The geopolitics of the USA withdrawal needs to be considered. Iran is critical to India to fulfill its energy needs.  However, USA is a strategic partner for India and provides defense equipment worth $15 billion to India. As India’s ties with Russia have dwindled down from the peak of the Soviet era, USA has filled that void. India and USA also share a common interest in the geopolitics of the Indian Ocean due to the growing footprint of China. USA is necessary for India in its bid to get into the UNSC. Although India maintains that its bilateral ties are not hostage to other nations, India has to carefully maneuver its position by balancing its defense and security, and energy needs.

However, if India plays the balancing act well, there could be long-term gains from this. Since the EU policies are aligned with the USA, European multinational companies will be forced to align with the USA. This opens commercial space for Indian companies in the Iranian market. Indian oil companies can take over the oil projects in Iran ensuring the long-term security of India. Iran imports machinery and transport goods from the EU which India will now be able to provide (BBC, 2015).

The USA withdrawal will test the diplomatic powers of the world. The EU needs to salvage the Iran deal in the same way the Trans-Pacific Partnership was revived after the USA withdrawal. This will ensure containment of Iran’s nuclear programme. India, on the other hand, needs to factor in regional stability in any dialogue it engages in with USA or Iran, apart from its energy, defense, and security needs. India needs to tread the diplomatic path carefully.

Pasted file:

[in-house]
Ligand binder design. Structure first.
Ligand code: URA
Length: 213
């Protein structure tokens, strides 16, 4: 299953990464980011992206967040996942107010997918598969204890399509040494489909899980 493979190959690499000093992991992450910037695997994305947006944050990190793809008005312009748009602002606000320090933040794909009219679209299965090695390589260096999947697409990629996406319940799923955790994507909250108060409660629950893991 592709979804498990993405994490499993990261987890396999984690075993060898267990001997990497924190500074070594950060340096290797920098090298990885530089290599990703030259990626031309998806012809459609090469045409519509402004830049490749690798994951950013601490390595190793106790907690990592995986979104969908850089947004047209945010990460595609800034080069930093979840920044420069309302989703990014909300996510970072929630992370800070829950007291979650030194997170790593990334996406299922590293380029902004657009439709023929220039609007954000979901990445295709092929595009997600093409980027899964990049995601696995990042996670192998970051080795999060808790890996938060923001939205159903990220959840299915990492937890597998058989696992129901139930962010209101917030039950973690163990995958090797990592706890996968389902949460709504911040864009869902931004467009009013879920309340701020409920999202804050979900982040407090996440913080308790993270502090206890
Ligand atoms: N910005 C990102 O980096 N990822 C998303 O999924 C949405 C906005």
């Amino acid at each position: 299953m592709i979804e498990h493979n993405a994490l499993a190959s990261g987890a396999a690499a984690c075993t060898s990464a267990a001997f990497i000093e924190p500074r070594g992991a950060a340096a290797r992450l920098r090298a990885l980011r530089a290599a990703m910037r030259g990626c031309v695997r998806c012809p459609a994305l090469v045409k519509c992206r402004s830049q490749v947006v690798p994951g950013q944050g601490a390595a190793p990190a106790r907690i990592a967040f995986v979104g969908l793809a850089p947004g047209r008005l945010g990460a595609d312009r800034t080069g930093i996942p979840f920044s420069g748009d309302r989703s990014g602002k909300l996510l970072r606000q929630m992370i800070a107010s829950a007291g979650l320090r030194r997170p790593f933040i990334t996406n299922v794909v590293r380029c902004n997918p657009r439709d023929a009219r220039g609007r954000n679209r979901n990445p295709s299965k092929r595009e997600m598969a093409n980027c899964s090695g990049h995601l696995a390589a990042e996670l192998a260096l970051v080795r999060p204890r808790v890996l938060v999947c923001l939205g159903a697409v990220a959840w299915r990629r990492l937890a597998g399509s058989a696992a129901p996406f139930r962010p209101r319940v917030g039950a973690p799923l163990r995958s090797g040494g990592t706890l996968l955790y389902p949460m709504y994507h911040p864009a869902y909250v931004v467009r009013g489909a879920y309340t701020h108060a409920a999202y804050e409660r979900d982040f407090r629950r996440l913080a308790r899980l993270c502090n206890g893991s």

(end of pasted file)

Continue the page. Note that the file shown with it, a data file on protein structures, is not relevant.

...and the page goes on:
References

Burton, B. (2018, April 25). What is the Iran nuclear deal? NBC News. Retrieved from https://www.nbcnews.com/storyline/smart-facts/what-iran-nuclear-deal-n868346

How Iran's nuclear deal affects India (2015,  July 16).BBC. Retrieved from http://www.bbc.com/news/world-asia-india-33547061

Iran nuclear deal: Key details. (2018, May 8). BBC. Retrieved from http://www.bbc.com/news/world-middle-east-33521655

India's oil import from Iran will not be immediately impacted by US sanctions. (2018, May 9). Economic Times. Retrieved from https://economictimes.indiatimes.com/industry/energy/oil-gas/indias-oil-import-from-iran-will-not-be-immediately-impacted-by-us-sanctions/articleshow/64093040.cms

Noak, R. & Cunningham, E. (2018, April 24). Trump and France’s Macron disagree on the Iran deal. Here’s why Europe wants to keep it. The Washington Post. Retrieved from: https://www.washingtonpost.com/news/worldviews/wp/2018/04/24/trump-and-frances-macron-disagree-on-the-iran-deal-heres-why-europe-wants-to-keep-it/?utm_term=.2aebc3895cbe

Slavin, B. (2018, May 7). The Dangerous Consequences of US Withdrawal from the Iran Nuclear Deal. Atlantic Council. Retrieved from http://www.atlanticcouncil.org/blogs/new-atlanticist/the-dangerous-consequences-of-us-withdrawal-from-the-iran-nuclear-deal

Wintour, P. & Borger, J. (2018, May 9). EU rushes to arrange crisis meeting with Iran over nuclear deal. The Guardian. Retrieved from https://www.theguardian.com/world/2018/may/09/eu-moves-to-protect-european-firms-from-us-sanctions-on-iran

Image Source: BBC

 

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Written By Pranav Mayekar

Masters in Economics from TERI School of Advanced Studies